Distracted driving is a very serious issue across The United States and around the world. Many teens hear the same old talking points about how they shouldn’t text and drive while taking online drivers education courses. However, I and many of my friends have felt that the message is not as strongly conveyed as it should be. Just driving around my town in the area close to my school, I see classmates and upperclassmen looking down and sitting at a green light, only to realize minutes later that they can proceed through the intersection. It’s not hard to see the day to day examples of people, especially teenagers, putting their lives and the lives of other drivers around them in danger.
In this modern era, social interaction among youth is online and constant. Whether it be replying to text messages, checking notifications about someone commenting on Instagram, or googling something; it is dangerous to use cellphones at any point while driving. And many teens admit to this, “94% of teens acknowledge that texting while driving is dangerous”(https://www.teensafe.com/blog/teens-texting-and-driving-facts-and-statistics/). At my school we have annual assemblies warning about the dangers of drunk driving and almost all teens thoroughly understand that driving under the influence leads to serious actions.
But many teens don’t comprehend that the serious consequences of texting while driving. “What’s the worst that could happen,” some think, “a 1% chance that I get a little rear ended.”
But heavy machinery like automobiles, need the operators full attention whether that be going 65 mph on the highway or 20 mph through a 4 way stop intersection. The statistic that “11 teens die everyday as a result of texting while driving,”(https://www.teensafe.com/blog/teens-texting-and-driving-facts-and-statistics/) shocked me and my fellow classmates at first. And it puts the issue of distracted driving due to texting in full and conscious perspective.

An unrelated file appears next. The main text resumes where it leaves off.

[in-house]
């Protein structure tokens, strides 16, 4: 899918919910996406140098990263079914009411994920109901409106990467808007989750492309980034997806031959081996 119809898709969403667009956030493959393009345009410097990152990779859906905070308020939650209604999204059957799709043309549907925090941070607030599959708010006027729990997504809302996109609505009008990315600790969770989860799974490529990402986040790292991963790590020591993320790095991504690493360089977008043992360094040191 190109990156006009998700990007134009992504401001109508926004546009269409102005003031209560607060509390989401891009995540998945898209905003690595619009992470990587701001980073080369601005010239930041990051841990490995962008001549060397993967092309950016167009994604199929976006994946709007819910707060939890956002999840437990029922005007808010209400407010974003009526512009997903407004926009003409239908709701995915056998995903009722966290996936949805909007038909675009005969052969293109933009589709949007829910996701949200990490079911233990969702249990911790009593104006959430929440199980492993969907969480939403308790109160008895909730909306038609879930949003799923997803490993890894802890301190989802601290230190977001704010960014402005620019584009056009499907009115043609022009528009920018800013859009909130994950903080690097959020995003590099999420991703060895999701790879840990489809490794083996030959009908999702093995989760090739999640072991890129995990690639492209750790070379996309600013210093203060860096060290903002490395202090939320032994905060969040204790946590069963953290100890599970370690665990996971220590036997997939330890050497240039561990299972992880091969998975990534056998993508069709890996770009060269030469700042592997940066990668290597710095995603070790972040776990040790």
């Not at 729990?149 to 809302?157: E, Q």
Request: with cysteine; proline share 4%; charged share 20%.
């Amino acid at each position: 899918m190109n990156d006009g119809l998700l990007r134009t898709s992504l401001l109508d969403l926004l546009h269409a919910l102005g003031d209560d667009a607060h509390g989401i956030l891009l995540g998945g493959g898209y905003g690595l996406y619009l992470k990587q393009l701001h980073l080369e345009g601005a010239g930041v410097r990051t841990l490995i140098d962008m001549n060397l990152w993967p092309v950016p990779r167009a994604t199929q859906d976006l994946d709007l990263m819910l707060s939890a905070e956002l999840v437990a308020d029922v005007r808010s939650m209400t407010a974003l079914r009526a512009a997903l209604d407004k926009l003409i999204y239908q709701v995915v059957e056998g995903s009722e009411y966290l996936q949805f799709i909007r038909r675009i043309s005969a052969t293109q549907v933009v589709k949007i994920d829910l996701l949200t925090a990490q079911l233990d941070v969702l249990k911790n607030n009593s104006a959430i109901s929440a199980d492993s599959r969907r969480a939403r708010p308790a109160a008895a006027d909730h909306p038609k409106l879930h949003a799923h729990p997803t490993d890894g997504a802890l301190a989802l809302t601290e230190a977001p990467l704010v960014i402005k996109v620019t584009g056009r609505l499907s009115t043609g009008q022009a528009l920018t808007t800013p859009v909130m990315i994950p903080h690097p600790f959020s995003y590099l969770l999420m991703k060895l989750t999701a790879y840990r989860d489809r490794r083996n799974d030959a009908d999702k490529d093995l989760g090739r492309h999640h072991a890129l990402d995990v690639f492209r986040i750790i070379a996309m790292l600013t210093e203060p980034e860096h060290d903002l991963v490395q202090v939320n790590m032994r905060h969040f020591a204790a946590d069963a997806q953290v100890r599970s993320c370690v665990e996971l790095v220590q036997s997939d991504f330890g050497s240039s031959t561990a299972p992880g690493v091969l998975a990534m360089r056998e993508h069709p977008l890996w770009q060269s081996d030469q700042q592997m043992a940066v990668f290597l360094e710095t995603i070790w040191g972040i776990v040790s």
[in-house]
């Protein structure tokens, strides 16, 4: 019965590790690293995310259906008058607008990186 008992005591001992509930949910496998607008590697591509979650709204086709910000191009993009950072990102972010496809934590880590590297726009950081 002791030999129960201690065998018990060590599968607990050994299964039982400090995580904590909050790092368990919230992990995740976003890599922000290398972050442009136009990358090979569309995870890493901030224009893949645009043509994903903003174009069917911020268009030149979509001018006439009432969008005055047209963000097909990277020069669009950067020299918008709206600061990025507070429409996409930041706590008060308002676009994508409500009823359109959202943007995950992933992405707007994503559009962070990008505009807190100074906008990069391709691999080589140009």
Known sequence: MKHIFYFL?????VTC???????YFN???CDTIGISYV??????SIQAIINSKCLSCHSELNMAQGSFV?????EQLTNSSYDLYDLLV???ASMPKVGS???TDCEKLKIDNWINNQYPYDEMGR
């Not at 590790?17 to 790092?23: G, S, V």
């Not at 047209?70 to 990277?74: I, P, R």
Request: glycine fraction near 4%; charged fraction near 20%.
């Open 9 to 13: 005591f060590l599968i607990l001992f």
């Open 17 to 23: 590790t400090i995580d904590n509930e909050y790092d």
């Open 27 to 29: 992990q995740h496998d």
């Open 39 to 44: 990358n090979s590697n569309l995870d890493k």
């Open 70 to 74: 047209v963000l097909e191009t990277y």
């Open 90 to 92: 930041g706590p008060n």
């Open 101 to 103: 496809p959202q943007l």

The above poll is intended to make yourself conscious of how frequent your life is put in danger by complete strangers around you.
And interesting data from 2009, showcases that distracted driving due to operating a hand held device is more widespread than one might think:
26% of teens aged 16-17 surveyed admitted to have texted while driving and 64% of them admitted to being in a vehicle with a driver who was texting.
The average resting heart rate for men and women can vary between 60-100 beats per minute. With research suggesting that attentive drivers average around 90 beats per minute when measured and tested in driving simulators. The track I created is 80 beats per minute to signify a driver who is distracted and not at full attentiveness. My goal of the track was to convey the story line of a driver receiving text messages and phone calls. At certain parts in the song notes ring into each other created a sound almost like screeching tires or loud honking. The tone of the song almost reflects a sort of daydream where the driver is in the digital world of the cell phone, not paying attention to reality and the road in front. The song ends with an unanswered phone call where the phone has been disconnected. I tried to communicate the seriousness of maybe the phone getting destroyed in the crash alongside the possible implications that could have on the state of the driver. I encourage you to listen to the song a couple times through the end and try to play over a possible scenario in your head of a distracted driver either based on personal experience or scenes you might have watched in a movie.
And I also encourage you guys to take the pledge to never drive distracted through the It Can Wait movement: https://www.itcanwait.com/pledge
And I will be working with my school’s Peer Support and Health counselor to be setting up a booth where students can take the pledge in person next year at my school’s Student Health week.